European Parliament calls on Member States to vote for ivory trade moratorium

Friday, May 25, 2007
Brussels, Belgium
Today international efforts for better elephant and wildlife protection moved a step forward when the European Parliament adopted a resolution on the EU objectives for the 14th Conference of the Parties to the Convention on International Trade in Endangered Species of Wild Fauna and Flora (CITES), which will meet in The Hague from June 3 to 15, 2007. The resolution adopted by an overwhelming majority urges the Commission and the EU Member States to support a proposal by Kenya and Mali for a 20-year total ban on international trade in ivory. In a separate roll call vote 546 European parliamentarians voted in favour of the ivory moratorium, with only 13 votes against.
A majority of citizens in several European countries support a 20-year total ban on international ivory trade. A series of polls just completed in key EU Member States, together representing some 320 million European citizens, show overwhelming levels of support for the moratorium, ranging from 72% to 87% of the population. These polls were carried out by independent polling organizations during March and April 2007 in the Netherlands, France, Germany, Spain, Italy and the United Kingdom (France 85%, UK 83%, Spain 76%, Italy 72%, Germany 87%, Netherlands 85%).
 
This strong signal from European citizens and Parliamentarians for better protection for elephants comes just a week before the CITES convention is set to determine the fate of endangered species threatened by trade. Conservationists fear that almost two decades of elephant protection will be reversed if plans by three Southern African nations to sell 60 tonnes of stockpiled ivory are voted through.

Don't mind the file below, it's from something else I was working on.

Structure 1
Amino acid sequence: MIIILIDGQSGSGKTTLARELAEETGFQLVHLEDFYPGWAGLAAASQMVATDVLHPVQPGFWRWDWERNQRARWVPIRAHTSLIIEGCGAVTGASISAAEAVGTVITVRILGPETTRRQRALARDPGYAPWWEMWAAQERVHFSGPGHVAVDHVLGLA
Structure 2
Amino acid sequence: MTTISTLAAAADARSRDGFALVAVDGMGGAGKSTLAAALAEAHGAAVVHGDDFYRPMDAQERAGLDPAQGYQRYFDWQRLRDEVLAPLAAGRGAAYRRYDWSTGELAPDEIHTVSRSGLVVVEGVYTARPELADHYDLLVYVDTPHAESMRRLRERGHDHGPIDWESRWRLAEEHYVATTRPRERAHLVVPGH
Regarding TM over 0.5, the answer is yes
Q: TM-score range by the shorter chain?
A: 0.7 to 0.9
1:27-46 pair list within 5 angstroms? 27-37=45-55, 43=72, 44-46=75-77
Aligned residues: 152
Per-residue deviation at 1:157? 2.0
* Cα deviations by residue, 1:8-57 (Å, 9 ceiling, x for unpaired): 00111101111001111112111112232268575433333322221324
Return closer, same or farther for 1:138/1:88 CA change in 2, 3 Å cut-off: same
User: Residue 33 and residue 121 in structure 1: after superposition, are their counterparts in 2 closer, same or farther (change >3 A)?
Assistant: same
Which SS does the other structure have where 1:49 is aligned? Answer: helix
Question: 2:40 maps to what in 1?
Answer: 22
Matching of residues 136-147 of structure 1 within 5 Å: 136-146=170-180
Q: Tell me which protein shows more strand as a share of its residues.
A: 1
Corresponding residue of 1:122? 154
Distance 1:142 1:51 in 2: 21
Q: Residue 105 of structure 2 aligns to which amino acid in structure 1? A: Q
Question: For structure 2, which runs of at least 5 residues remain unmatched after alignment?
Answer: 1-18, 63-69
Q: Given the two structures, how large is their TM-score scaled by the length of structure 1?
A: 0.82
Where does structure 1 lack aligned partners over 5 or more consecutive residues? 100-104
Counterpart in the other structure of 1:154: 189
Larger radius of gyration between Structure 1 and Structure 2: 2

Many African countries, including elephant range states in West, East and Central Africa, remain firmly opposed to reopening ivory trade, as any legal trade drives demand and provides incentives for illegal trade and increased poaching.  Among the range states opposed to any relaxation in the ban on ivory trade, Kenya and Mali, supported by Ghana and Togo, are calling on CITES to adopt a 20 year ivory moratorium.
 
Lesley O’Donnell, EU Director of IFAW (International Fund for Animal Welfare - www.ifaw.org), says: “At least 20,000 elephants are killed illegally each year for their ivory tusks. The European Parliament is reflecting the strong conviction of European citizens that the best way to protect elephants from this deadly trade is by backing a 20-year ivory ban. Parliamentarians have sent a clear message to EU Governments that they should vote for the moratorium on ivory trade in CITES.”
 
The illegal trade in ivory has escalated in recent years; between August 2005 and August 2006, over 23 metric tonnes of poached ivory were seized by Customs and Enforcement officials around the world. The majority of this trade originates in Africa and is smuggled to Asia, where illicit ivory markets flourish. These seizures are suspected to represent a mere 10% to 15% percent of the actual illegal trade.
 
Not only elephants are the victims. Only last week three wildlife rangers and four poachers were killed in a pre-dawn shoot-out in Kenya’s Tana River District. The gang of poachers was en route to Tsavo East National Park, the Kenya Wildlife Service (KWS) said, when they were ordered to stop, but instead opened fire. Sadly this is not an isolated incident. Three rangers died recently protecting elephants in Zakouma National Park, Chad. 

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